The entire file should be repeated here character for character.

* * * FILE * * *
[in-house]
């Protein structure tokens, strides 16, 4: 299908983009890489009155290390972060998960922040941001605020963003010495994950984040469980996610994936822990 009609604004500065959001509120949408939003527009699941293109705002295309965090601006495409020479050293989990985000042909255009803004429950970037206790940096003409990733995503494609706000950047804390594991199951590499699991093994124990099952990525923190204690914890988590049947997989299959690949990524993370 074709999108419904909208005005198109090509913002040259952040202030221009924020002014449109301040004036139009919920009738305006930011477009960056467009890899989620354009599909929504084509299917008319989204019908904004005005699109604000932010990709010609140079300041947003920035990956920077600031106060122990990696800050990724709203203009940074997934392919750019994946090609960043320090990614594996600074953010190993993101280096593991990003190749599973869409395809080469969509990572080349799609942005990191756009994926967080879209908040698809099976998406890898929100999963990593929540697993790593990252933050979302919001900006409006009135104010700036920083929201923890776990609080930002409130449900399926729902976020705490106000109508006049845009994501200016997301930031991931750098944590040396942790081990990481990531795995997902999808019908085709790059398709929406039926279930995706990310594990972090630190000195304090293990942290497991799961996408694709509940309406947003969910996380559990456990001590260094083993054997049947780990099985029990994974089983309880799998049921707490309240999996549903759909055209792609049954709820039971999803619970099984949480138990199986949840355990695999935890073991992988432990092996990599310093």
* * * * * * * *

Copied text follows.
[in-house]
């Protein structure tokens, strides 16, 4: 299908983009890489009155290390972060998960922040941001605020963003010495994950984040469980996610994936822990 009609604004500065959001509120949408939003527009699941293109705002295309965090601006495409020479050293989990985000042909255009803004429950970037206790940096003409990733995503494609706000950047804390594991199951590499699991093994124990099952990525923190204690914890988590049947997989299959690949990524993370 074709999108419904909208005005198109090509913002040259952040202030221009924020002014449109301040004036139009919920009738305006930011477009960056467009890899989620354009599909929504084509299917008319989204019908904004005005699109604000932010990709010609140079300041947003920035990956920077600031106060122990990696800050990724709203203009940074997934392919750019994946090609960043320090990614594996600074953010190993993101280096593991990003190749599973869409395809080469969509990572080349799609942005990191756009994926967080879209908040698809099976998406890898929100999963990593929540697993790593990252933050979302919001900006409006009135104010700036920083929201923890776990609080930002409130449900399926729902976020705490106000109508006049845009994501200016997301930031991931750098944590040396942790081990990481990531795995997902999808019908085709790059398709929406039926279930995706990310594990972090630190000195304090293990942290497991799961996408694709509940309406947003969910996380559990456990001590260094083993054997049947780990099985029990994974089983309880799998049921707490309240999996549903759909055209792609049954709820039971999803619970099984949480138990199986949840355990695999935890073991992988432990092996990599310093």